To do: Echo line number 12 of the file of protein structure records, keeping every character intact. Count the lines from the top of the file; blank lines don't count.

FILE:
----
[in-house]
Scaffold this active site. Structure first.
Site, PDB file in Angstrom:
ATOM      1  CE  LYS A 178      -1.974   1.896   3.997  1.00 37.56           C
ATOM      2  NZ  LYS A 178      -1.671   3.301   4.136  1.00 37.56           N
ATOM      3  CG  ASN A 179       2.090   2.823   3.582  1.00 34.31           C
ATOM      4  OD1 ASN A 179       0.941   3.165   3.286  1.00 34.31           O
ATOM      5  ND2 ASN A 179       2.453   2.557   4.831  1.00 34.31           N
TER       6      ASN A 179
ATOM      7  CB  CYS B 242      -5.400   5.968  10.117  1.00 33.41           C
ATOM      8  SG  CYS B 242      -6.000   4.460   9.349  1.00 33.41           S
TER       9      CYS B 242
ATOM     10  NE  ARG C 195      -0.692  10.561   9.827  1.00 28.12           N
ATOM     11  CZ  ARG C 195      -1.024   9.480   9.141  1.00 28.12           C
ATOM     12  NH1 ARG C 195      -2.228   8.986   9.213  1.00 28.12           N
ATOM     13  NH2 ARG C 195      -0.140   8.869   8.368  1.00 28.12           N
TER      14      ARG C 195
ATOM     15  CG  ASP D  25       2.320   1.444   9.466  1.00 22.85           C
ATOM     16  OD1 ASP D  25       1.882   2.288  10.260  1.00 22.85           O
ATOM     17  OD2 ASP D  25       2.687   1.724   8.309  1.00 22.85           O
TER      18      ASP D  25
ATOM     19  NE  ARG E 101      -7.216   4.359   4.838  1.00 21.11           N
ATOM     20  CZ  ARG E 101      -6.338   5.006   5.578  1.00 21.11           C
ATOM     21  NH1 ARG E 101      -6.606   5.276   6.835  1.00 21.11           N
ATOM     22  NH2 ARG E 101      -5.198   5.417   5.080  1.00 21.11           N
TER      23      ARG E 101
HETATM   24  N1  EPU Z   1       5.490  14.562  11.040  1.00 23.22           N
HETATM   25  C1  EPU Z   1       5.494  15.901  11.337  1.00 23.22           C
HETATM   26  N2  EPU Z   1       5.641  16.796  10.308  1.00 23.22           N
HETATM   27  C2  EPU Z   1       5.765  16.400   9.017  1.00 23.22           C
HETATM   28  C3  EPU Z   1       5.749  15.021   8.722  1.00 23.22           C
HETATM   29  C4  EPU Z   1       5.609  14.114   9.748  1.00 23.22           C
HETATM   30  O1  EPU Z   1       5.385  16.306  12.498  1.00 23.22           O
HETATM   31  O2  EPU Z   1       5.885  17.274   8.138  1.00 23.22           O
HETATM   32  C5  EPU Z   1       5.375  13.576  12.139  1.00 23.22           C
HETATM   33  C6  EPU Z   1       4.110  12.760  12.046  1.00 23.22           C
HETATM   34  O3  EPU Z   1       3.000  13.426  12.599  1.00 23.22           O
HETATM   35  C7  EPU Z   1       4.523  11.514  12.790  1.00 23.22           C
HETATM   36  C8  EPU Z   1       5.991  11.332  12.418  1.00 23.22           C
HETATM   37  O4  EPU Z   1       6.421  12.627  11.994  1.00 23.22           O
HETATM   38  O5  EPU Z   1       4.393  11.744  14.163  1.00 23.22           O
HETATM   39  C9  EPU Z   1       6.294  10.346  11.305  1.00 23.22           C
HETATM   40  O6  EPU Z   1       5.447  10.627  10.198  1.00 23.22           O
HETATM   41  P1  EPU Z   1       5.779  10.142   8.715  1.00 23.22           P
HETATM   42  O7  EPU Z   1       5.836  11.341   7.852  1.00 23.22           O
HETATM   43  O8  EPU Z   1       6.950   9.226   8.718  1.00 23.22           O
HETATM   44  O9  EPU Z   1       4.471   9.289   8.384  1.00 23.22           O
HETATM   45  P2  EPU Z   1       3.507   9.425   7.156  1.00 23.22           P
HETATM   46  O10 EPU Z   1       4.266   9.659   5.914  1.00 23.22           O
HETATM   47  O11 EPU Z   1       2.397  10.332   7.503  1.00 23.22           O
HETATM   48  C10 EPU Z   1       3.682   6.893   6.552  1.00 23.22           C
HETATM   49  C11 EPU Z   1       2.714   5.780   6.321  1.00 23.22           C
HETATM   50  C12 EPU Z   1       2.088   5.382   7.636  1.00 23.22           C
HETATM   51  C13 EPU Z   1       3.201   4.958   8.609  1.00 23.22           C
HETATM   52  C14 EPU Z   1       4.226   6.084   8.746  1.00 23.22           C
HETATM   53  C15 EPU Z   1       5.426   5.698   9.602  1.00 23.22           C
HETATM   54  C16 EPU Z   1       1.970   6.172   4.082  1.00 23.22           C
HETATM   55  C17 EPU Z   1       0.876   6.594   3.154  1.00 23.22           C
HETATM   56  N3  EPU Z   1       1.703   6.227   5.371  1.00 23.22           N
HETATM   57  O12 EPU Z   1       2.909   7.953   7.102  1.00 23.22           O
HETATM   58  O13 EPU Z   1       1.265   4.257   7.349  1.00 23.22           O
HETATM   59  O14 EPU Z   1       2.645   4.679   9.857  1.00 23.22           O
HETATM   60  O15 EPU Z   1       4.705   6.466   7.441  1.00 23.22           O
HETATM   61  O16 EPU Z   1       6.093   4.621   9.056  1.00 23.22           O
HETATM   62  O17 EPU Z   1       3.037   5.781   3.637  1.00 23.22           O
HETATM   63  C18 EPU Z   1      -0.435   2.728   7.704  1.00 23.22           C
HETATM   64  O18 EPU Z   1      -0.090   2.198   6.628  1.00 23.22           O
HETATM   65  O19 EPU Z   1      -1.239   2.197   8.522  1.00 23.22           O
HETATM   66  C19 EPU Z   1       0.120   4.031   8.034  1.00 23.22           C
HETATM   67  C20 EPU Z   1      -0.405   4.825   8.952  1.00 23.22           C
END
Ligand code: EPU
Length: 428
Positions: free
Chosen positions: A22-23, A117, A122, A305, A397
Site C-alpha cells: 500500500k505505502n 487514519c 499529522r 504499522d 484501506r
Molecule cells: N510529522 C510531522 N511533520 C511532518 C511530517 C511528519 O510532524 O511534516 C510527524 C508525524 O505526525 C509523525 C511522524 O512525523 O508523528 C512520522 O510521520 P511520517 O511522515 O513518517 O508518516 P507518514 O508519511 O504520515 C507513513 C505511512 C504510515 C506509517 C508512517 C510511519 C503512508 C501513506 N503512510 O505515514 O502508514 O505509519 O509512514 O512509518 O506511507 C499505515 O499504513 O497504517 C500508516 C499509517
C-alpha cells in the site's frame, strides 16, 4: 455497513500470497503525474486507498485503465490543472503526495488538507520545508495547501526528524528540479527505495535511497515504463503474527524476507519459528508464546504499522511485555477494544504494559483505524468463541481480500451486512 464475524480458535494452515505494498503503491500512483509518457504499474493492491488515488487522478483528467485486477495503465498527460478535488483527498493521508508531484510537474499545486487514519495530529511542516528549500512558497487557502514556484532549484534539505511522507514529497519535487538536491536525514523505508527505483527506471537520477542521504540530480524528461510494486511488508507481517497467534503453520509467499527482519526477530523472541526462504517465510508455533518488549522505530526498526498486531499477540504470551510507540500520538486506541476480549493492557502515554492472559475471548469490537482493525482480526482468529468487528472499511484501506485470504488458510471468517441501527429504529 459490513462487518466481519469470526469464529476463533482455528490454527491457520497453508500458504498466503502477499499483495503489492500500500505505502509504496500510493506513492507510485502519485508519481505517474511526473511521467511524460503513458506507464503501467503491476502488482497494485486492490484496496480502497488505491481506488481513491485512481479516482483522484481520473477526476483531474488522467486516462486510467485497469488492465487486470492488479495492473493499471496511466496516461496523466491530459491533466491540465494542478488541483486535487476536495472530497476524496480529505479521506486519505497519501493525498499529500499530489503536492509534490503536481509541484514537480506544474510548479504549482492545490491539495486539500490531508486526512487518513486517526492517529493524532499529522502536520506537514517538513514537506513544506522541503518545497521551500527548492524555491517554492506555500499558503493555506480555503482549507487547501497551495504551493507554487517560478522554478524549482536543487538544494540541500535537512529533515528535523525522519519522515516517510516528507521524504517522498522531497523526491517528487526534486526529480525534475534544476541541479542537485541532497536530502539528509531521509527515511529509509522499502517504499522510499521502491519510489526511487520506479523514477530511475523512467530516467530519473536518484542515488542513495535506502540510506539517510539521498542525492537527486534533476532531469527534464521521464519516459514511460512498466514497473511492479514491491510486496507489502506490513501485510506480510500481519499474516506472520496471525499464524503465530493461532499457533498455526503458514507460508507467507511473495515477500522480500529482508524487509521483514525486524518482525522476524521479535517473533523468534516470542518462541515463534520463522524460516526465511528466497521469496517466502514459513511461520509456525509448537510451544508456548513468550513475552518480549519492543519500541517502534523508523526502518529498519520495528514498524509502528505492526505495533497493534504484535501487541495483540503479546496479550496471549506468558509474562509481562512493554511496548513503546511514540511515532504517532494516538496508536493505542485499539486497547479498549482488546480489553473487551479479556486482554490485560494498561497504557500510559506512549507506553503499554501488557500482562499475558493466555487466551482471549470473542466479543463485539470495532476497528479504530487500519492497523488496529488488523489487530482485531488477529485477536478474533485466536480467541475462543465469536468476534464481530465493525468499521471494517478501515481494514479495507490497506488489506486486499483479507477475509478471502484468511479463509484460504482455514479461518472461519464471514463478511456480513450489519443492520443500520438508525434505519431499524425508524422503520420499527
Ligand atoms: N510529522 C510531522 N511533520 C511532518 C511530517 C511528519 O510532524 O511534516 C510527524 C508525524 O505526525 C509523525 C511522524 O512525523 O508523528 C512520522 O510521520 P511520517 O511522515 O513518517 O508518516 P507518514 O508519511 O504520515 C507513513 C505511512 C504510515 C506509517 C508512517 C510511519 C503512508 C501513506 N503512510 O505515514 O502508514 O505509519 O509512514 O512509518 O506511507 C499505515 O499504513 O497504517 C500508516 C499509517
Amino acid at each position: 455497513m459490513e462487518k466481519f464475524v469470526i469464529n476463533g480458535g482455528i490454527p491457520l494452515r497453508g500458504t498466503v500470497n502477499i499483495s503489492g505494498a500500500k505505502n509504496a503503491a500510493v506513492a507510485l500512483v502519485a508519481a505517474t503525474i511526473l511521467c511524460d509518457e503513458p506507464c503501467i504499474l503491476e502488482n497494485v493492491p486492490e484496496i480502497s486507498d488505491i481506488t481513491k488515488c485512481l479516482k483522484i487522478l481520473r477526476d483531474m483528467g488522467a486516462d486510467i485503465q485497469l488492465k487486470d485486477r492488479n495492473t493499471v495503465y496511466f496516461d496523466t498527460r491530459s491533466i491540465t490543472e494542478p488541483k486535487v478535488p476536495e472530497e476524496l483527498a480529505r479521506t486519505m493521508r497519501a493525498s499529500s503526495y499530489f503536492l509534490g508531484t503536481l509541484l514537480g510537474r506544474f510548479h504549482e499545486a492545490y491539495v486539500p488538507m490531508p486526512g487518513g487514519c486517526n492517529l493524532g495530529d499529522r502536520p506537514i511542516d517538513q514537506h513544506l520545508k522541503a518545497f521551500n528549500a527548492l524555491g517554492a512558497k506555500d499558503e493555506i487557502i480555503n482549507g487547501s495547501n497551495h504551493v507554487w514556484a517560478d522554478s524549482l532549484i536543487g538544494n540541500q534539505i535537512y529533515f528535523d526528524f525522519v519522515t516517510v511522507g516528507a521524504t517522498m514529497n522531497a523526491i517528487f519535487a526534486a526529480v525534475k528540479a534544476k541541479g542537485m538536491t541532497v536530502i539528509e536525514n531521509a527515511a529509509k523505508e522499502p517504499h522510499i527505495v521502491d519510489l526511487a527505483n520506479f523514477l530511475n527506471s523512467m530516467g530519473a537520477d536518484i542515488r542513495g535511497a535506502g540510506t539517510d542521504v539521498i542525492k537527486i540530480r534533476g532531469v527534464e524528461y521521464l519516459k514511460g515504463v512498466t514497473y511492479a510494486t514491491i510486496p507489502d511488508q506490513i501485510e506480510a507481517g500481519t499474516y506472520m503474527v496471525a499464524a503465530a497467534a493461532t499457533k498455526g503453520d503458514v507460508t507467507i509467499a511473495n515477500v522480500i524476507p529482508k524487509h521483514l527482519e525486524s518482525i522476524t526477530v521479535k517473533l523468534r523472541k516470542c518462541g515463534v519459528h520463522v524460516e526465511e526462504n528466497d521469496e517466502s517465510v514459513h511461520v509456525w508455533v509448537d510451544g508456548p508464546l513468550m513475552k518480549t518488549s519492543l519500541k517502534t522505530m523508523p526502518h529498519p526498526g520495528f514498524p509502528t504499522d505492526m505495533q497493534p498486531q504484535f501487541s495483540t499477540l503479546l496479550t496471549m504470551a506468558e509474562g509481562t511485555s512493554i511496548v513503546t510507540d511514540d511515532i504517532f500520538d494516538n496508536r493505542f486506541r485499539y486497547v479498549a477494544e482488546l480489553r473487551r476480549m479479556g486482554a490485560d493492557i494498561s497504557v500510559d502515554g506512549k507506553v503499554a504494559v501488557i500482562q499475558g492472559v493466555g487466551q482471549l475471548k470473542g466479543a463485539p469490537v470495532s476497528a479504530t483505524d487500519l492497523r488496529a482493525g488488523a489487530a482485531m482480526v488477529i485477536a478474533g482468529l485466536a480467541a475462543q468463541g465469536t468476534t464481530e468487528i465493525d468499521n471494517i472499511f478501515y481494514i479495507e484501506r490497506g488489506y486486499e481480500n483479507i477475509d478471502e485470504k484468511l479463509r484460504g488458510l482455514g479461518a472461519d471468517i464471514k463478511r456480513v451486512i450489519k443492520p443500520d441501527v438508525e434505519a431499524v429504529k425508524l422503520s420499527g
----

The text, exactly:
TER       9      CYS B 242